2016 Volkswagen T6 Transporter review
Volkswagen has smartened up its genre-creating Transporter range, with better diesels and updated cabins
Volkswagen has smartened up its genre-creating Transporter range, with better diesels and updated cabins. But the competition has also improved lately.
WHAT IS IT?
The Volkswagen T6 range of Transporter vans and cab chassis commercial vehicles, as well as the 6/7-seater Multivan and nine-seater Caravelle people movers, have long been at the pointy end of their segments, offering leading safety, practicality, and quality. But is a thorough overhaul rather than complete redesign enough?
WHY WE'RE TESTING IT
The Volkswagen T5 Transporter, Multivan and Caravelle have long been leaders in their respective van/cab-chassis and people mover markets. Instead of pushing out the bar with the T6, Wolfsburg has elected to facelift the old favourites. Can they still match their increasingly strong competitors?
Ford Transit, Hyundai iLoad, LDV G10, Mercedes-Benz Vito, Renault Trafic, Toyota HiAce
THE WHEELS VERDICT
AN all-new range of Volkswagen commercial vehicles comes but once every decade-and-a-bit – so why are we stuck with a new T6 Transporter range based heavily on the 2004-vintage T5? Except for the slightly more car-like dashboard and cabin trim, the gains over the first, 2010-vintage, GP facelift are incremental at best across the board, while newer-generation rivals such as the Ford Transit and even the Renault Trafic (also an overhaul of a mid-2000s design) show how car-like a commercial vehicle can be to drive. The T6s are still near the top of their class in many respects, but the competition is upon them.
PLUS: Engine refinement, torquey Biturbo, improved safety, some lower prices, broad range
MINUS: Dated and van-like to drive, still no Audi inside, near invisible facelift
THE WHEELS REVIEW
VOLKSWAGEN launched its new T6 Transporter range just before Star Wars: The Force Awakens (also known as Christmas 2015) struck - and by George, the similarities are striking.
Like the film, the T6 comes from an at-times innovative, genre-creating, era-defining, and also occasionally dull but always high-quality franchise with a fierce fan base.
Striking back against the resurging Ford Transit, Renault Trafic and Mercedes Vito rebel forces, are the reskinned T6’s refreshed nose and tail-light treatments, lower pricing, improved dashboard, and optional driver-assist tech. Between three lengths and heights of van (including a five-seat Crewvan wagon), single and dual cab chassis, and 6/7/9-seater people-mover combos, there are 26 models and counting.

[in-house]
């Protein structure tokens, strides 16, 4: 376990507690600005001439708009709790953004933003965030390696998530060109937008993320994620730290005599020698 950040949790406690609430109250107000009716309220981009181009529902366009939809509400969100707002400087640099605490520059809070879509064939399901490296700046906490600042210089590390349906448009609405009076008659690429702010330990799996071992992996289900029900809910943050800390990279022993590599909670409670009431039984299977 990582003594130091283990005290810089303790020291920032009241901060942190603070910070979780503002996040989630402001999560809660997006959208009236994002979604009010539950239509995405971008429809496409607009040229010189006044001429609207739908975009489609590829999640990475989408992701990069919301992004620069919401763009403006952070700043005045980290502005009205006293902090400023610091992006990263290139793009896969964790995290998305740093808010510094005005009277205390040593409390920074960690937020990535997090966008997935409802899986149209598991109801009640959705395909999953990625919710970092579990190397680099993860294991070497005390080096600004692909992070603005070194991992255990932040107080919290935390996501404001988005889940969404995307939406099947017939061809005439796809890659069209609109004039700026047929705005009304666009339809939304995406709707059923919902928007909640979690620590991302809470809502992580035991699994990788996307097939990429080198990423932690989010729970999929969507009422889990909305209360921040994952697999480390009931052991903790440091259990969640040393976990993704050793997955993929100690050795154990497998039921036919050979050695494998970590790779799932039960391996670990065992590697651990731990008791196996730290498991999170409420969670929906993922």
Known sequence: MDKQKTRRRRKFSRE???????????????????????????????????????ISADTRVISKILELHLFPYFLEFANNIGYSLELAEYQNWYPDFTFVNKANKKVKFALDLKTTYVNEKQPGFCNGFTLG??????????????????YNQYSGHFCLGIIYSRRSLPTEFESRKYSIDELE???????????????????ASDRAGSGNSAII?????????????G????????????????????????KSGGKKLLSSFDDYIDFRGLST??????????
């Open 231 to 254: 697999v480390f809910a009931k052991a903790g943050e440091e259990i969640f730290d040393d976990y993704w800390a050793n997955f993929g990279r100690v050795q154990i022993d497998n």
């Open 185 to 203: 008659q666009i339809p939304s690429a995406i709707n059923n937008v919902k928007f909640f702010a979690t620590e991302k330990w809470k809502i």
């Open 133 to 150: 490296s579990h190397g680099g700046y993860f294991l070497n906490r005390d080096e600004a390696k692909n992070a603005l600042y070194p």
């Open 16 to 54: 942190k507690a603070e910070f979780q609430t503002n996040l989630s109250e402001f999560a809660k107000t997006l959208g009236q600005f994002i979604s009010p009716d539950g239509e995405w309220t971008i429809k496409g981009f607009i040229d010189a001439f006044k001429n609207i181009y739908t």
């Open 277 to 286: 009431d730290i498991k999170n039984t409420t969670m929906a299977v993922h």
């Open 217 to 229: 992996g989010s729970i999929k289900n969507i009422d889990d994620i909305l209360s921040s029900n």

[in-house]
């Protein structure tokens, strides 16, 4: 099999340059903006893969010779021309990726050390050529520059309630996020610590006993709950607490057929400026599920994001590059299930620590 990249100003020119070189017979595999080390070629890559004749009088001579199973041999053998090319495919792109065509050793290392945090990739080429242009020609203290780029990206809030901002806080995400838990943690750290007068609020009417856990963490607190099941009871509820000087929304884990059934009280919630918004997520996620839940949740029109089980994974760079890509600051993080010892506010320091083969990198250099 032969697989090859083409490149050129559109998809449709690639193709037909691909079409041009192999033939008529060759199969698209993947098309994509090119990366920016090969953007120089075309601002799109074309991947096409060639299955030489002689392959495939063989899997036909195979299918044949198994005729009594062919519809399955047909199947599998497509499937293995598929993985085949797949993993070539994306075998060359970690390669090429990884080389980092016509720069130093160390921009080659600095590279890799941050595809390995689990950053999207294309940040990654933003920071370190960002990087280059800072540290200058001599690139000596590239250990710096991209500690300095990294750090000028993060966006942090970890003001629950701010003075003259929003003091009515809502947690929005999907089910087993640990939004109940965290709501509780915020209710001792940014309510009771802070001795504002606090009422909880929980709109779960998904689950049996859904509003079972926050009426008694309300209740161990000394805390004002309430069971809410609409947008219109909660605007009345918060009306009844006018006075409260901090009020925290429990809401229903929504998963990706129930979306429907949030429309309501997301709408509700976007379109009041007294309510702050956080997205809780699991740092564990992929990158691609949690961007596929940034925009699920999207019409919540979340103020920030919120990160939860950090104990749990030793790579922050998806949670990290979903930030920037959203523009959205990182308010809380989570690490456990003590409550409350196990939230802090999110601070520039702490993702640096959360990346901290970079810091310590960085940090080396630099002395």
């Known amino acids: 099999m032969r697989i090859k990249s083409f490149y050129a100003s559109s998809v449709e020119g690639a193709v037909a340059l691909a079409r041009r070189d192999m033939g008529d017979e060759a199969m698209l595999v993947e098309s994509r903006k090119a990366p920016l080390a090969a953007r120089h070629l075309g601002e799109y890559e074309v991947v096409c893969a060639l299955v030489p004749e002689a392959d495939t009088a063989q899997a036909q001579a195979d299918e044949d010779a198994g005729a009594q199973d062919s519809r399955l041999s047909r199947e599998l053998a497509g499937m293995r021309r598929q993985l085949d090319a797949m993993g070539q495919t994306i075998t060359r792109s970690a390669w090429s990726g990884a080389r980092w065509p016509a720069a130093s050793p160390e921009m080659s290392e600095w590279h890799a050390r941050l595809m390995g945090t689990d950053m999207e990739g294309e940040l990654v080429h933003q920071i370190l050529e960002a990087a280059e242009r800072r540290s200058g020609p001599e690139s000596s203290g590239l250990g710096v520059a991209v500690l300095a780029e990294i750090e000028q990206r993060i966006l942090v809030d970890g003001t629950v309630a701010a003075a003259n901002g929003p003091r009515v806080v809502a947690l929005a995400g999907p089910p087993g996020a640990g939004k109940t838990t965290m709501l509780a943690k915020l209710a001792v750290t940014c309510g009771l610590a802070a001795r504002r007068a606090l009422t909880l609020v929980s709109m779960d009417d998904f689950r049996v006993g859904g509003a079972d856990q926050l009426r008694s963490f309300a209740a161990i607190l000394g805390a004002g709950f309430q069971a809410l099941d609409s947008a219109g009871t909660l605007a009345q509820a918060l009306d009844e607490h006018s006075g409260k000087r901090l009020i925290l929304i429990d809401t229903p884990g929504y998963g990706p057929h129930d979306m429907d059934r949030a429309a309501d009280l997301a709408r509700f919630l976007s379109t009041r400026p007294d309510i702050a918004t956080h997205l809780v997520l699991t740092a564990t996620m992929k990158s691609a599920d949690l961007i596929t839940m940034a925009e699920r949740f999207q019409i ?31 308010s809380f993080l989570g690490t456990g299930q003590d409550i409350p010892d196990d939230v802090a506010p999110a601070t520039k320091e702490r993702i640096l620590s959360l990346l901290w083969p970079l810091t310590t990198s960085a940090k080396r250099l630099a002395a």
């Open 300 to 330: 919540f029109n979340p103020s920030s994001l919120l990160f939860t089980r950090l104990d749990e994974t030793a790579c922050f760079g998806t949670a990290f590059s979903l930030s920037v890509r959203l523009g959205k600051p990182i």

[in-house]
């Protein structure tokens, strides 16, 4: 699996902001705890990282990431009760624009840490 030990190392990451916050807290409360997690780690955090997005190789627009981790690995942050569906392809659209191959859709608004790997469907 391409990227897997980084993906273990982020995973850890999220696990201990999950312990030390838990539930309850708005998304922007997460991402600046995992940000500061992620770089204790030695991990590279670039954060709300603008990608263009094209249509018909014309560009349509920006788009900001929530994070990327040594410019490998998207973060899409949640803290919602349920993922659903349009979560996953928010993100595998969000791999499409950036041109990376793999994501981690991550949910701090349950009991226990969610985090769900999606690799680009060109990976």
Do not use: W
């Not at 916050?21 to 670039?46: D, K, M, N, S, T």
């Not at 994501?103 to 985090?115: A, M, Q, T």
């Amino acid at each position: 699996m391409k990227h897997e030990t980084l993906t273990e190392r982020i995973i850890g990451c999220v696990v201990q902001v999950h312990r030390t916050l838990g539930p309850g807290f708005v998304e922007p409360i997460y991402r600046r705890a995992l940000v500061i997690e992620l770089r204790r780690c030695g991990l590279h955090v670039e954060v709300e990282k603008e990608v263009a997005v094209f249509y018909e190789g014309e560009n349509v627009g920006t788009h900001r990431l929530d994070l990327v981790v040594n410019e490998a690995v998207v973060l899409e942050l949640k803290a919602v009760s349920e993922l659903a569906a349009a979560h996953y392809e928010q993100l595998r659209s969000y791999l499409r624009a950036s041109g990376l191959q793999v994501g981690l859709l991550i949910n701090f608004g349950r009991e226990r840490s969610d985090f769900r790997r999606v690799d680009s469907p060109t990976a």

Behind the shiny baubles you’ll find a trio of 2010-era 2.0-litre turbo-diesel powertrains (103kW TDI340, 132kW TDI400, and 150kW TDI450 Biturbo, in six-speed manual or seven-speed DSG guises). All shift smoothly, pull promptly, and offer up to 0.5L/100km less fuel consumption, aided by stop-start tech. They are bolted to the 2004 T5 architecture, featuring struts up front and a semi-trailing arm rear, which brings breezy steering that’s tight and handling that’s surprisingly surefooted, even if the ride errs on the hard side.
But here’s the rub. While such traits put the original T5 in a distant galaxy, far, far ahead of rivals a dozen years ago or so, nowadays they’re rudimentary – especially against the terrifically dynamic Transit – except on the expensive models offering blind-spot monitoring, adaptive cruise control, and AEB safety. The ’60s hippy Kombi’s descendants are now just like the clones they’re attacking.
Why The Emperor’s New Clothes rehash? VW reckons retaining the T5 dimensions means current owners can swap over existing fit-outs, saving big bucks. A true tale too this is, as Yoda might say. Van capacities range from 5.8 to 9.3 square metres, payloads vary from 1014-1236kg, and the towing max is 3000kg.
Prices tumble by $1700 in the $36,990 TDI340 manual front-driver, and extend to the $49,090 TDI400 long-wheelbase DSG 4MOTION AWD, although a base 75kW TDI250 Runner stripper for circa-$32K driveaway is also due any day now.
Meanwhile, the Multivan TDI340 SWB DSG seven-seater and Caravelle TDI340 LWB DSG nine-seater start from $50K apiece, stretching to $80K for the hotel/airport-run Multivan LWB Executive TDI450 DSG - its torque-monster Biturbo can just about tow a Death Star.
Finally, four airbags, touchscreen with available reverse camera and apps connectivity, better storage, and less van-like dash materials for people-mover versions complete the T5 sequel… err, new T6 blockbuster. Let the van wars begin!
Model: Volkswagen T6 Transporter TDI340
Engine: 1968cc 4cyl, dohc, 16v, turbo-diesel
Max power: 103kW @ 3500rpm
Max torque: 340Nm @ 1750-2500rpm
Transmission: 6-speed manual
Fuel economy: 7.2L/100km
On sale: Now
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